Download provision map examples (PDF, 128KB)

An example of a provision map

How useful is pupil voice when pupils have SEND?

This discussion focuses on listening to and acting upon pupils’ views of their education. Contributing are psychology and habilitation studies lecturer Karl Wall, SENJIT coordinator John Brown, professor of psychology and special needs Julie Dockrell, and reader in the psychology of education Jane Hurry.

This audio clip relates to task 4 in your PDF of unit 2.

Show transcript
Discussion at the Institute of Education involving Specialists in Special Educational Needs.

John Brown – SENJIT Co-ordinator:

I’d like to draw us into the area now of pupils voice.

I think one of the interesting things is when you start focussing on what pupils, children, young people, think themselves, the perception that you get is often very different. In some work we did in the Midlands we asked for teacher’s perceptions, this was in relation to visual impairment, teaching assistants perceptions, parents perceptions, and the children/young people’s perceptions, and what was striking about the children/young people’s perceptions was that: A - they were generally different to everyone else, that what they thought was difficult wasn’t actually what the others thought was difficult, and certainly wasn’t difficult in the social sense, it was the social sense that was very significant for them.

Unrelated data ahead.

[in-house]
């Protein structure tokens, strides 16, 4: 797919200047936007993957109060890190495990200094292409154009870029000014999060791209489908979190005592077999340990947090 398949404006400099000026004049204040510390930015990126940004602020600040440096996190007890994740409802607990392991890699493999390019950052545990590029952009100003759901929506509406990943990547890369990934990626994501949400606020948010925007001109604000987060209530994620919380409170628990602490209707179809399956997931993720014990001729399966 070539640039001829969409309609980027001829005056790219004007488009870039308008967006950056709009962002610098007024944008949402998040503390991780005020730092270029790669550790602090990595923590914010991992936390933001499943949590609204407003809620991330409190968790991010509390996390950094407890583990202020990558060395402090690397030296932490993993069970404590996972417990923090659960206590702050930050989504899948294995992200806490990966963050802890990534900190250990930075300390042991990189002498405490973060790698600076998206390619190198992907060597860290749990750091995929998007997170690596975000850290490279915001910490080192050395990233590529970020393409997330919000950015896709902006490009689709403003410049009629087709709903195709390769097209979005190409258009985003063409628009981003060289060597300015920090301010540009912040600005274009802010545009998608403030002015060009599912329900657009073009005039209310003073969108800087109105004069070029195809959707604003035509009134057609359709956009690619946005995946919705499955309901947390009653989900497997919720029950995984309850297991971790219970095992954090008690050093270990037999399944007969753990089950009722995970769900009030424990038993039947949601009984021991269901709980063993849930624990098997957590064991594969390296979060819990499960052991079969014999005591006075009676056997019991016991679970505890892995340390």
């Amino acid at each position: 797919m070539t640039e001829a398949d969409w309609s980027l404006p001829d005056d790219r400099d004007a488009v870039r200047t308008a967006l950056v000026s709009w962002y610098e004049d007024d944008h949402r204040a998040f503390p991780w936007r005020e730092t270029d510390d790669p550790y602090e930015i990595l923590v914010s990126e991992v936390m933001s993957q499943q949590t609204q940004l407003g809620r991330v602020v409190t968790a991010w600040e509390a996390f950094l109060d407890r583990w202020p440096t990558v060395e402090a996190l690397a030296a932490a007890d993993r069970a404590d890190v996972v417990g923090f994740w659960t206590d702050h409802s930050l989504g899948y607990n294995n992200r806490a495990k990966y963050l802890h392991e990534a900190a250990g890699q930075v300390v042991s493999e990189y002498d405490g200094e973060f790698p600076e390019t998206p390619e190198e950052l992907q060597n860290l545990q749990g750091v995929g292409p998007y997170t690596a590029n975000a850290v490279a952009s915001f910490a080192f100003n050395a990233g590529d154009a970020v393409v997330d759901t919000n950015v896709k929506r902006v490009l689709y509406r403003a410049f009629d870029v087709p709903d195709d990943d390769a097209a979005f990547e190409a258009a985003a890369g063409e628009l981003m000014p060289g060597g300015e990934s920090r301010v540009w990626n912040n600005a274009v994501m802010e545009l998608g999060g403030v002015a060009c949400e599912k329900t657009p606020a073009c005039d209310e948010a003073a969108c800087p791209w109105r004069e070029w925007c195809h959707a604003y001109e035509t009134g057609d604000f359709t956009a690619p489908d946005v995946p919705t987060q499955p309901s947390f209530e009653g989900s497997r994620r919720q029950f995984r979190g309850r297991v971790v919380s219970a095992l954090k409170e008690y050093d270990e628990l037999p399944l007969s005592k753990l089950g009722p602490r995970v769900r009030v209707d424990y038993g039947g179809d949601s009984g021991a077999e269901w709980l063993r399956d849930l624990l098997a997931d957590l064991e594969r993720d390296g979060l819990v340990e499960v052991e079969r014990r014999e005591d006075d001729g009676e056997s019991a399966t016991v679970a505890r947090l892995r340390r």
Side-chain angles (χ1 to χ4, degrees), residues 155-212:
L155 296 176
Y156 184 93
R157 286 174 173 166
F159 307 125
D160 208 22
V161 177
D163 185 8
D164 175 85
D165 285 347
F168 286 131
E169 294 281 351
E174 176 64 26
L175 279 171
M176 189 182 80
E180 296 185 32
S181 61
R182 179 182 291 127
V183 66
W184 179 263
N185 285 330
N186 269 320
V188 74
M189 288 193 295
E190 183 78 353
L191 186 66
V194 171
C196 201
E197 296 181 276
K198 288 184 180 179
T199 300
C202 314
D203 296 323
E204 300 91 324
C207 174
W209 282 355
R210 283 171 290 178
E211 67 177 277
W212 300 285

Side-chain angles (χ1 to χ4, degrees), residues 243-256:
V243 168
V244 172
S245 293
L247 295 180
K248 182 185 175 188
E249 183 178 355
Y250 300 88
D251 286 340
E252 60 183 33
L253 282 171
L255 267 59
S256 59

So although they were working with the practicalities of their visual need, it was the social element of it that was of concern, and they, just contrary to what we’re saying earlier about progression, they were very conscious of how this might play out in the future. We were working with 12 and 13 years olds’, and they were thinking well: ‘what that does this mean when I’m studying in the senior part of the secondary school?’, ‘what does this mean about going to college?’, ‘will there be support?’, ‘will people notice?’, so their emphasis was quite different.

I think the mosaic approach that was developed here at the Institute in part, where you look at a different experience from many different perspectives and use very different modalities; pictures, videos, reporting conversation, is a way of capturing that, particularly with younger children because there is an issue if one’s going to say pupil voice is important, then how is that pupil voice accessed? And a formal interview or discussion like this may not be the most appropriate context in which to.